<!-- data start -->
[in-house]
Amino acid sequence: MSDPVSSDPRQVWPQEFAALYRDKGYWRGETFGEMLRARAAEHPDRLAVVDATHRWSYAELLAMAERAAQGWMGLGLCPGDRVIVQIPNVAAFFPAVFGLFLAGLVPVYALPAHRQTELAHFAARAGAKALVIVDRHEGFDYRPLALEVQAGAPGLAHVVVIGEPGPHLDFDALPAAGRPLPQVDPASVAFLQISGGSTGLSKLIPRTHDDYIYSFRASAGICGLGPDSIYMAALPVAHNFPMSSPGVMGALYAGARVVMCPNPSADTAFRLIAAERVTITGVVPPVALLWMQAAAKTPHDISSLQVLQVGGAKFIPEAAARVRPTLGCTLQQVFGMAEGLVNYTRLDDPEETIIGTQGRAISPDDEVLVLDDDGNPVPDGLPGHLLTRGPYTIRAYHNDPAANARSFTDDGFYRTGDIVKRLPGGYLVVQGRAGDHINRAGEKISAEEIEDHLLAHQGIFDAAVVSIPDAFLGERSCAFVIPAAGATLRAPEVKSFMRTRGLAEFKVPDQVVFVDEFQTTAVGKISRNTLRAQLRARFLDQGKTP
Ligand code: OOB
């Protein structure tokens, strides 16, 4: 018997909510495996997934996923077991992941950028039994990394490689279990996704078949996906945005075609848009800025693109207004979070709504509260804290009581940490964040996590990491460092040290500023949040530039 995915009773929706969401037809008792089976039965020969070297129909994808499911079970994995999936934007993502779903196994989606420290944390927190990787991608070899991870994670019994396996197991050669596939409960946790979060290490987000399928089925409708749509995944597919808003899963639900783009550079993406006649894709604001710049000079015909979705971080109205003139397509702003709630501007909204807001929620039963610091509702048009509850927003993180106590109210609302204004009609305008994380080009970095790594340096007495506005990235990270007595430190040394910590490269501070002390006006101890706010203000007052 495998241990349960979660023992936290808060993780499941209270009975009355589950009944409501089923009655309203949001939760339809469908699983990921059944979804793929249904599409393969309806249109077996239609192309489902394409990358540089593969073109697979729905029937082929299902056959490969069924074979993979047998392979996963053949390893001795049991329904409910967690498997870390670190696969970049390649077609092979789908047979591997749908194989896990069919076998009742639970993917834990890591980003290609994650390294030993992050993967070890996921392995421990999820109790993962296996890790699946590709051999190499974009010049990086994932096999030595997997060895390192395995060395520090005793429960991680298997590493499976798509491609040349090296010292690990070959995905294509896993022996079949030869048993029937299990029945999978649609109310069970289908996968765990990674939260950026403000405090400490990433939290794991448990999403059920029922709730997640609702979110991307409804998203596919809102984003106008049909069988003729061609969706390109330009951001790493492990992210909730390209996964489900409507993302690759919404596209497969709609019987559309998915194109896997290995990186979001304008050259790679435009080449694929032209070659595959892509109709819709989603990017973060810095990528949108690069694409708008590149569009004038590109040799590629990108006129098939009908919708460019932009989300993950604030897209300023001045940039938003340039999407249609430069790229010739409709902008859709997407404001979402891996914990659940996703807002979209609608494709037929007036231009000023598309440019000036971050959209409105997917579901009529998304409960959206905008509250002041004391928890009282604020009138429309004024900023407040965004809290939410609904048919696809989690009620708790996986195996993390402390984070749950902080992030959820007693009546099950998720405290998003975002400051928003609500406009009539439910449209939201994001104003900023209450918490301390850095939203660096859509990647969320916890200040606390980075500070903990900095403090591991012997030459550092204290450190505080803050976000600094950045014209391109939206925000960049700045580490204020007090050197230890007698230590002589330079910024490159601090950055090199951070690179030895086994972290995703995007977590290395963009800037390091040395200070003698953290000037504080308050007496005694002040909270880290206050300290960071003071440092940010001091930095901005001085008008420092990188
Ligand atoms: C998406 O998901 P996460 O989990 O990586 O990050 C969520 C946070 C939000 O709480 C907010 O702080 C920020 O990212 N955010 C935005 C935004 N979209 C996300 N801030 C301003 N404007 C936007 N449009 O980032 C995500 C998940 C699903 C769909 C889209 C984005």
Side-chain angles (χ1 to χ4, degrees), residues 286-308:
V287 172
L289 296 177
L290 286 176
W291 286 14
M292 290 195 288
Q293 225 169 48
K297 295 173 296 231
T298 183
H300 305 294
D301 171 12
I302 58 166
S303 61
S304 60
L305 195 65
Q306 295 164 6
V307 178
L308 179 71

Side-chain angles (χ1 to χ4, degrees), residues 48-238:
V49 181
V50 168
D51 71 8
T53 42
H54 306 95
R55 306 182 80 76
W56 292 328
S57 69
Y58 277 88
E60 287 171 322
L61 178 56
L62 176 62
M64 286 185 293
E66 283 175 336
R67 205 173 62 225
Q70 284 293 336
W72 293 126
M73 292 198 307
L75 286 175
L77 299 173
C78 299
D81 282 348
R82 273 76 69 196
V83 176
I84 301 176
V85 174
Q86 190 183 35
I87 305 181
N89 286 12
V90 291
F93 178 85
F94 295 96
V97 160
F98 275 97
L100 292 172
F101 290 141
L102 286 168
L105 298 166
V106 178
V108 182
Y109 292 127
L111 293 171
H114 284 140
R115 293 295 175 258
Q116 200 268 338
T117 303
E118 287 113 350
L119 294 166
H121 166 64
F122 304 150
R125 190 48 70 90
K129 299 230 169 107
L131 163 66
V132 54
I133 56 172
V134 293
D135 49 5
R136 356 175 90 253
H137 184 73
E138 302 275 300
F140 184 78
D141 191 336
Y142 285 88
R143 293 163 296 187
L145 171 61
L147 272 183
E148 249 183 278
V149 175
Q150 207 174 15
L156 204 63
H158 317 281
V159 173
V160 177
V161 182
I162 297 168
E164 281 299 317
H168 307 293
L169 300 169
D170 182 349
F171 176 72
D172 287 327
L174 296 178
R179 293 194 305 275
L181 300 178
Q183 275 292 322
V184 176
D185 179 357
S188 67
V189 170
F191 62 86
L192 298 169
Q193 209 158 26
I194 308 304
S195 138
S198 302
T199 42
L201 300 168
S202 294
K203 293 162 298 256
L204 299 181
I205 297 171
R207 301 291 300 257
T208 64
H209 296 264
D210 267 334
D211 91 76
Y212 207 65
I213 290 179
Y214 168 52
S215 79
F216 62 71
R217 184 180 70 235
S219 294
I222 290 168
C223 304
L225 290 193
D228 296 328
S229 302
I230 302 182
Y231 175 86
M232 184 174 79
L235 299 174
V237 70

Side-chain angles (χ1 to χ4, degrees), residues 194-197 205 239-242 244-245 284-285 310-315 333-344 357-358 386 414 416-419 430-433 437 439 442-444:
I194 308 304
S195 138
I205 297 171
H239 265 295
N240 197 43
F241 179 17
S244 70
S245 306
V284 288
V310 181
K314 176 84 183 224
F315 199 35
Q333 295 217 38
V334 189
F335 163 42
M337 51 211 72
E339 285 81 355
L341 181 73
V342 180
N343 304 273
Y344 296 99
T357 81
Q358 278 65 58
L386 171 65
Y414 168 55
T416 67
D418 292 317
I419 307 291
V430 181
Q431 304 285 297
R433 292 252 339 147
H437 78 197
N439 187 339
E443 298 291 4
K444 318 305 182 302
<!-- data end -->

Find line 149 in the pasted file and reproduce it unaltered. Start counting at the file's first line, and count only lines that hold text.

I194 308 304